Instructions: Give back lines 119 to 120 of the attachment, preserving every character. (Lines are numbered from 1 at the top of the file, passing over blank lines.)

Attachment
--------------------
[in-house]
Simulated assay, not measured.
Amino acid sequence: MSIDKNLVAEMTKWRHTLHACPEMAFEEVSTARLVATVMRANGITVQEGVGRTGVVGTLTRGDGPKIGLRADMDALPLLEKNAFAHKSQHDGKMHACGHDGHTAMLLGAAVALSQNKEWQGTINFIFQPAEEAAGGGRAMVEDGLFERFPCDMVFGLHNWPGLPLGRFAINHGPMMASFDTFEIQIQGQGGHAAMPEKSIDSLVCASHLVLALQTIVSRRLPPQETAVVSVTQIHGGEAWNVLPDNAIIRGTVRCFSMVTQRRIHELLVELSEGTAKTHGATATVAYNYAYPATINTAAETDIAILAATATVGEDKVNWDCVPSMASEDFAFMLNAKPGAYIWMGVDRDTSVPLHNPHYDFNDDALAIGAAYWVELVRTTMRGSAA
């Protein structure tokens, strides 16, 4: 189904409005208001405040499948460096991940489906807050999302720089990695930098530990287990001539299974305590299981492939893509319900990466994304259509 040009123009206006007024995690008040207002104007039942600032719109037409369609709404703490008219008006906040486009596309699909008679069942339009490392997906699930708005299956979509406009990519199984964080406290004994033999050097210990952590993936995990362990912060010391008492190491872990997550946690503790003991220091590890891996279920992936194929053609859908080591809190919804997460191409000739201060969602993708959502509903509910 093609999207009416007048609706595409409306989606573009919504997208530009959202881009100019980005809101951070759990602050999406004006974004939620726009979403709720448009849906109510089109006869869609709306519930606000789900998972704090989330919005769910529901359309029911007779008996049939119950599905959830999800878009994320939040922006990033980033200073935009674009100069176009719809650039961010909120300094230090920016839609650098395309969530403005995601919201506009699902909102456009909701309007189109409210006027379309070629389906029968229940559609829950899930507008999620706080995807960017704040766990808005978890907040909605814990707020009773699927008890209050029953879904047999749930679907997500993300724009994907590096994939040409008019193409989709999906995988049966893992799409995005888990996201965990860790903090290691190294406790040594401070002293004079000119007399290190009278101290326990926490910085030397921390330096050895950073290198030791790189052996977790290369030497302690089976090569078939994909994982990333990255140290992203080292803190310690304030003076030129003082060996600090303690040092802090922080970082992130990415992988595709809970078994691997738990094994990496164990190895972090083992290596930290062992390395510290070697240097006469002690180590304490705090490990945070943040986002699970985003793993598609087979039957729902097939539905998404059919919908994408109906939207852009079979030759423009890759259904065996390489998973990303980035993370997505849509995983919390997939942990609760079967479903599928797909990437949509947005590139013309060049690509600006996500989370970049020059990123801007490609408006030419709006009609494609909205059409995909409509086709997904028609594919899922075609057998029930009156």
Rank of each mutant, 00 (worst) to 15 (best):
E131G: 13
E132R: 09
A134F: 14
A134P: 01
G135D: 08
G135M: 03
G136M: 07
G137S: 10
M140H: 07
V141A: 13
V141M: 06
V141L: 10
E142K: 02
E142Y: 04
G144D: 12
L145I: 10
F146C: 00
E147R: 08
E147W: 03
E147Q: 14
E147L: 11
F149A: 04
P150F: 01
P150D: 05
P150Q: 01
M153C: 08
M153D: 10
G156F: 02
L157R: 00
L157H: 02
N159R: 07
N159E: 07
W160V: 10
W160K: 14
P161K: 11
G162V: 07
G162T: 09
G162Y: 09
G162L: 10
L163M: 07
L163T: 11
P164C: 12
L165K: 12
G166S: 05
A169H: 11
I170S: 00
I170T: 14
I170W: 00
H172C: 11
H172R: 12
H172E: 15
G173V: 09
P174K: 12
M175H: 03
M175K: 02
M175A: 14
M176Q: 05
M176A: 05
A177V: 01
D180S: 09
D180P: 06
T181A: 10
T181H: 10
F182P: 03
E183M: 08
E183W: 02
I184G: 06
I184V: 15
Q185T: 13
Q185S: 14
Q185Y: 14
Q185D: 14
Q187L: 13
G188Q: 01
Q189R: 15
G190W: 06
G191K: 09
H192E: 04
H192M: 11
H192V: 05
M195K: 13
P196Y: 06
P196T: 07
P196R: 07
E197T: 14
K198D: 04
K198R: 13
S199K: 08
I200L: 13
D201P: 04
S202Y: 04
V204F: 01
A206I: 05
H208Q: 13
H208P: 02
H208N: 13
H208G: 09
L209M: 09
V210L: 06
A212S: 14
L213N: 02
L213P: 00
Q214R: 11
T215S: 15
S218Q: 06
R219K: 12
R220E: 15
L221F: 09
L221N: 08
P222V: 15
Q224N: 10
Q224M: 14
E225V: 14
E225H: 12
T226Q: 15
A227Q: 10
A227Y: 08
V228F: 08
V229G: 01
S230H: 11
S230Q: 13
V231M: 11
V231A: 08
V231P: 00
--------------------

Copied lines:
E225H: 12
T226Q: 15